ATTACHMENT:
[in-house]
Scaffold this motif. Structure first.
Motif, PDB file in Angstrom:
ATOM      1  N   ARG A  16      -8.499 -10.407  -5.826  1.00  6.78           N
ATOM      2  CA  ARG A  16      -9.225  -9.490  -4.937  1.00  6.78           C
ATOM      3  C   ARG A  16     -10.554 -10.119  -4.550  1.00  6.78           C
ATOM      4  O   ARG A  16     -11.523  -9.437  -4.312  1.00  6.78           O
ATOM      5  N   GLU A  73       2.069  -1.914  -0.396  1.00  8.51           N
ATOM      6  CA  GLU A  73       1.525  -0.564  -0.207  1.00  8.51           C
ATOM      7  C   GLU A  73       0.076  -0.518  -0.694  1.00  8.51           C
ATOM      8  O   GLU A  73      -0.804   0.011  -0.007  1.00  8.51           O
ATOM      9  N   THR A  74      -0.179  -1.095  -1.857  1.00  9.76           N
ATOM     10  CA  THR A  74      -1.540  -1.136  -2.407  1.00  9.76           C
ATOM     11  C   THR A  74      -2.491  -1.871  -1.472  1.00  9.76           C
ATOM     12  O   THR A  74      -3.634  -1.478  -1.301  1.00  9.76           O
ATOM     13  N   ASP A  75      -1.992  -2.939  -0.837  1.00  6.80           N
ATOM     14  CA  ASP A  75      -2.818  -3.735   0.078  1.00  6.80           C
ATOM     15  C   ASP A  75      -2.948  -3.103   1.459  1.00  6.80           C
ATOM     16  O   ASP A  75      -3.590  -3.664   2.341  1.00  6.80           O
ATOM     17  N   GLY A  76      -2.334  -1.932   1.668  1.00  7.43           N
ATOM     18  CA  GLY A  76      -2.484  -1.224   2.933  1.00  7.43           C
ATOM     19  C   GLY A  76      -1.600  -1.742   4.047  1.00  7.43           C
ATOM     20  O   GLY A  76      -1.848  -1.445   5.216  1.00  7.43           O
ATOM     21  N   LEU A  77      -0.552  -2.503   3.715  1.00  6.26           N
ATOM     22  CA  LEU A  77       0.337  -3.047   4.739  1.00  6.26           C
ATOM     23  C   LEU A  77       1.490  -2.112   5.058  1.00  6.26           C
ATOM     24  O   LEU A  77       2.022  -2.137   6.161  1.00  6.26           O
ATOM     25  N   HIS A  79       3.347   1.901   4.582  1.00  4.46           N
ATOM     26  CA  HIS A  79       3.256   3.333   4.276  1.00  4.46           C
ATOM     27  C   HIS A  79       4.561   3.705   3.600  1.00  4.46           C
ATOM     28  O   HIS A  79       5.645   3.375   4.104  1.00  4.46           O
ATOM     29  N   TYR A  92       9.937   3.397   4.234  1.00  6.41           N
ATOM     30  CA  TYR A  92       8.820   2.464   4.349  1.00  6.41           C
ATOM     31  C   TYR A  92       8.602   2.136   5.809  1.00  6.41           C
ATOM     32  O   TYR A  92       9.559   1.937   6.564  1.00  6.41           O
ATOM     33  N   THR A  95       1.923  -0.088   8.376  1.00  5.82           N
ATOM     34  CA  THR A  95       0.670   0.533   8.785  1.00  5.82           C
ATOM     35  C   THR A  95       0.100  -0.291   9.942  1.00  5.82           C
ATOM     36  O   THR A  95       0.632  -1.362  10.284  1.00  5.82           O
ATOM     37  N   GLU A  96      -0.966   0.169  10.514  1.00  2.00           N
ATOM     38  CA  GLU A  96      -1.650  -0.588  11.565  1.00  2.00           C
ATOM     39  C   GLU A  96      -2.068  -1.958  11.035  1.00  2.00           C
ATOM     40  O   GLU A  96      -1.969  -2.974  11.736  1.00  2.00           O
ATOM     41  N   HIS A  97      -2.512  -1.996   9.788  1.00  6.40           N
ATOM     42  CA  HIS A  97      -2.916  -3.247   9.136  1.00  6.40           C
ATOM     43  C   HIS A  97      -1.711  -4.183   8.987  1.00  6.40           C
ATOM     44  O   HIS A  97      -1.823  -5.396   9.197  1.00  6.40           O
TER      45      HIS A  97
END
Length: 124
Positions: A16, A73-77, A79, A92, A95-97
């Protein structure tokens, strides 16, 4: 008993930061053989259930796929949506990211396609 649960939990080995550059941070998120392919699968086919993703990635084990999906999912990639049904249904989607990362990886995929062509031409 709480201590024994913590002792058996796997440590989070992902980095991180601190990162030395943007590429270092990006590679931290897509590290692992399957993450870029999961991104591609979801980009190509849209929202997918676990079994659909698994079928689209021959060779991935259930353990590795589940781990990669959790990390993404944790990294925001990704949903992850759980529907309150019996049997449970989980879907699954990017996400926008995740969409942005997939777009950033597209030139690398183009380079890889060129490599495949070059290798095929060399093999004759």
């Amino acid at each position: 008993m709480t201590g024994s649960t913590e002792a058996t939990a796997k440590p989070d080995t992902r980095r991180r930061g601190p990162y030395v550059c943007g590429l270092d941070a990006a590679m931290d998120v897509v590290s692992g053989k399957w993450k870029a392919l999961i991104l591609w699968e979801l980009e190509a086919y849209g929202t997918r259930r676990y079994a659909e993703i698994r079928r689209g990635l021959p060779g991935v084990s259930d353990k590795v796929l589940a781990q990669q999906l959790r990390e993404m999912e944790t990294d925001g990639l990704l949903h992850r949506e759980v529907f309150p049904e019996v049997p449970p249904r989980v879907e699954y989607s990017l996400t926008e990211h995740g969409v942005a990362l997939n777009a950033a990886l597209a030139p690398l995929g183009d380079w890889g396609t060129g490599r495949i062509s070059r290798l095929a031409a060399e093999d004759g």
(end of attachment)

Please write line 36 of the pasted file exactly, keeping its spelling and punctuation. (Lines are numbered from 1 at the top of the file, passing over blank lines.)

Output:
ATOM     33  N   THR A  95       1.923  -0.088   8.376  1.00  5.82           N